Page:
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GAME THREAD - Running Game is Key

The battle of in-state schools will be determined on the ground

NCAA Football: UCLA at Oregon Troy Wayrynen-USA TODAY Sports

Last night I had a dream that Jermar Jefferson wasn’t available for today’s game. After waking up in a panic and immediately checking Twitter to make sure it was only my deranged subconscious and not some sort of Thanksgiving coma-related premonition; I found out it wasn’t true. Jermar Jefferson will be active and needs to have a huge game if the Beavers are going to knock off their in-state rival.

It feels odd to be playing the Ducks mid-season, but nothing about 2020 feels normal. Kickoff is scheduled for today at 4:30PM on ESPN. The game doesn’t seem to be at risk of cancellation or postponement, so it looks like the matchup in Reser Stadium is a full go. Looking forward to the matchup it’s clear that both teams rely heavily on their running game. This game will be won by whoever best establishes the run game and wins the battle at the line of scrimmage.

Make no mistake, Oregon is a heavy favorite and winning the battle at the line of scrimmage has not exactly gone Oregon State’s way in previous years (especially on the defensive line), but the Ducks have had their own troubles on defense this season. Last week UCLA racked up 267 rushing yards before narrowly losing 38-35, with their backup QB.

The Ducks have an effective and efficient offense. Lead by running back CJ Verdell and Tyler Shough (pronounced SHUCK) the Oregon offense is averaging 38.7 points per game. Travis Dye is another formidable running back that will get carries. In fact Verdell (241 yards), Shough (197 yards) and Dye (172 yards) all have more rushing yards than the Ducks #1 receiver has through the air (Devon Williams - 163 Yards).

Oregon is 6th in the nation in rush yards per game (as of Nov. 18th). They are obviously going to establish the run early and often against Oregon State. It’s certainly been a set up the run to open up the pass situation for the Ducks. It’ll be a challenge for the Beavers front seven to slow the running game down, but they looked good against the ground game against Cal last weekend.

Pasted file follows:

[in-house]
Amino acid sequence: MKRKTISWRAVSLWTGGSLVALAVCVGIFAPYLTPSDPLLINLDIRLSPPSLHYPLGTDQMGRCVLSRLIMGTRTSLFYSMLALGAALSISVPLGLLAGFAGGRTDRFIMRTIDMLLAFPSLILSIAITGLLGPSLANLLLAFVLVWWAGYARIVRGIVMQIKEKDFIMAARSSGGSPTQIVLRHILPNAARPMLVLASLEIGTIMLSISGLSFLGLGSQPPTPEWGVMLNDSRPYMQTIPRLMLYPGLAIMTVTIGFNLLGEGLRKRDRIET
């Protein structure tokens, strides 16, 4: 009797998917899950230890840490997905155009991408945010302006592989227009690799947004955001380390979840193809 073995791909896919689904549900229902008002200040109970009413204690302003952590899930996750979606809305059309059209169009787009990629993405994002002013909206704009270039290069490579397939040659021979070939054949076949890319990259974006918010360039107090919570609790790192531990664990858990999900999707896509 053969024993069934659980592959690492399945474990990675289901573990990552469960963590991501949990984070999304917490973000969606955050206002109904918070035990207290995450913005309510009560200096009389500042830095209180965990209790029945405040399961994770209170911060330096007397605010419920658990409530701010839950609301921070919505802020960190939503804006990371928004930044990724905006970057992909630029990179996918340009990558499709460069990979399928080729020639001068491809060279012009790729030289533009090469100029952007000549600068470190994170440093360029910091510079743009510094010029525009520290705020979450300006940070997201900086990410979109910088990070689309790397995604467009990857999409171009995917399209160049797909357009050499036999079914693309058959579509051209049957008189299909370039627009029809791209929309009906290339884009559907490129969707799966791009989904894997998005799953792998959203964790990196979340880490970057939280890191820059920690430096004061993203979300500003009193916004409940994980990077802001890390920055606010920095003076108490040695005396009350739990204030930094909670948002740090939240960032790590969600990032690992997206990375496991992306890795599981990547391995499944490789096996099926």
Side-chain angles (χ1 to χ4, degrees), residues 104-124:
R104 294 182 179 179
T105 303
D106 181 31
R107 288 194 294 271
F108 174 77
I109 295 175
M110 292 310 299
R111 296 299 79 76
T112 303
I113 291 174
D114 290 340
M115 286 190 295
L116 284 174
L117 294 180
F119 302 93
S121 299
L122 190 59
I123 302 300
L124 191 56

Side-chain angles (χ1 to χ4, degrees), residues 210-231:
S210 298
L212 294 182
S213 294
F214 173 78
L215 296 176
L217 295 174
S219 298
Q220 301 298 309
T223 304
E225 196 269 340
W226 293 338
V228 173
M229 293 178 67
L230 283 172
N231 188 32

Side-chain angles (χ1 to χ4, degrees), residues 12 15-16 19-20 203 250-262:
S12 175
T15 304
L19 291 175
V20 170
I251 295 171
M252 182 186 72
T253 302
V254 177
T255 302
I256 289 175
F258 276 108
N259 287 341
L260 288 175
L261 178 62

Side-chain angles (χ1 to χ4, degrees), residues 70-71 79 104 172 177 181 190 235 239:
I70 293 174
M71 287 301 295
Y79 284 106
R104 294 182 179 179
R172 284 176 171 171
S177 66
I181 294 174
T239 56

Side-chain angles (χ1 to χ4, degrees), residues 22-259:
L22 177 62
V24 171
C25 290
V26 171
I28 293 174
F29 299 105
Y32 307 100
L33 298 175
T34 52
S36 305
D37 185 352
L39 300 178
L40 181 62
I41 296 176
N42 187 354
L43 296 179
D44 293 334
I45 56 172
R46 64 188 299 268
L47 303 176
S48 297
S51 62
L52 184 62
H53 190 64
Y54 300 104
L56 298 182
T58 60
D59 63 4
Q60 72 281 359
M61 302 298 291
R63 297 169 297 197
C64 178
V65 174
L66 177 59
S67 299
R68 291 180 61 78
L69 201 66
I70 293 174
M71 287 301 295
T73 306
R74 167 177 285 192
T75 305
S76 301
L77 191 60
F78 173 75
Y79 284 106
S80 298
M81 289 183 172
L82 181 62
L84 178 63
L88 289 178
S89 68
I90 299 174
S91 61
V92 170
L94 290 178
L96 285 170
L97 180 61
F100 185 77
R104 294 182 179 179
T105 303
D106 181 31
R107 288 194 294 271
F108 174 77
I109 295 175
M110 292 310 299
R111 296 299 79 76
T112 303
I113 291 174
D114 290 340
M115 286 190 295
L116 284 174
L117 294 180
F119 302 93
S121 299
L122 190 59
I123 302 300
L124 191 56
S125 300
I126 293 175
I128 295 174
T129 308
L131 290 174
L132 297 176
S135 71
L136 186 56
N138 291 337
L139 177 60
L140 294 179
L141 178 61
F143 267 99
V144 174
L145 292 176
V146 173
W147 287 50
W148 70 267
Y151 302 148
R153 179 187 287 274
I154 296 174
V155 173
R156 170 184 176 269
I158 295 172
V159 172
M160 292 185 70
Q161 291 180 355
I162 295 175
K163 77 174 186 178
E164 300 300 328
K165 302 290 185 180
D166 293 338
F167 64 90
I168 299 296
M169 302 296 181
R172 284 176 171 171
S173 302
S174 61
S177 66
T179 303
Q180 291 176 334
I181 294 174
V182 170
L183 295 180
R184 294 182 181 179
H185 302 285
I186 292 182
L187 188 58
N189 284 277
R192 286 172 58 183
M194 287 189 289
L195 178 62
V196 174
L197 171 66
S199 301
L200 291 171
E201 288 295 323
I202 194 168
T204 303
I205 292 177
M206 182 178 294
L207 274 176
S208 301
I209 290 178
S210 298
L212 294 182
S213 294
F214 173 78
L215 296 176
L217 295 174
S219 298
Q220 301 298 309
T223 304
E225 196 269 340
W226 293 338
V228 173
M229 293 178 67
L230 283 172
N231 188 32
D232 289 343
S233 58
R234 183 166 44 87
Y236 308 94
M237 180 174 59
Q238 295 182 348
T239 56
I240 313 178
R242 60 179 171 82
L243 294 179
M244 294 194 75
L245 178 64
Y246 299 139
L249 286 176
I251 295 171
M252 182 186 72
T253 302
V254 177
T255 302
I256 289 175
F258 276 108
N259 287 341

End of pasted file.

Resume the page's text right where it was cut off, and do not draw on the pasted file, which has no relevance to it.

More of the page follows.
Jermar Jefferson is having an outstanding season averaging 150 yards per game on the ground. The Beavers desperately want to balance their offense, but until things dramatically improve in the passing game Jermar Jefferson is going to get a lot of carries.

The biggest question for Oregon State is how will Tristian Gebbia look? Oregon’s defense has some good athletes, but they are not as imposing as Washington’s defense. There could be an opportunity for Gebbia to attack the secondary, but can he capitalize? Chance Nolan got a few reps with the starters this week, but the coaching staff doesn’t seem eager to make a switch to the backup QB. Chance Nolan has some running capabilities and Oregon State’s offense would become even more reliant on the ground if Chance took center-stage. I imagine the coaching staff would call plays for Chance like Oregon does for Shough if the Beavers needed to make that switch.

For now Gebbia is the man. Trevon Bradford is the only Beavers receiver with over 100 yards on the season. The tight ends will need to play a big role today. Luke Musgrave (93 yards) and Teagan Quitoriano (77 yards) have had a few nice moments, but I would like to see both of them on field a lot this game. The two tight end set could help establish the run and then set the Beavers up for play-action.

I’m feeling somewhat optimistic about today’s Platypus Bowl. The Ducks are two-touchdown favorites, but I think the Beavers are going to keep it close. Despite the struggles Oregon State has had this year they are going to compete for 60 minutes and be in every game they play. They got over the hump last week against Cal and let’s hope they find their stride against Oregon today. Go Beavs!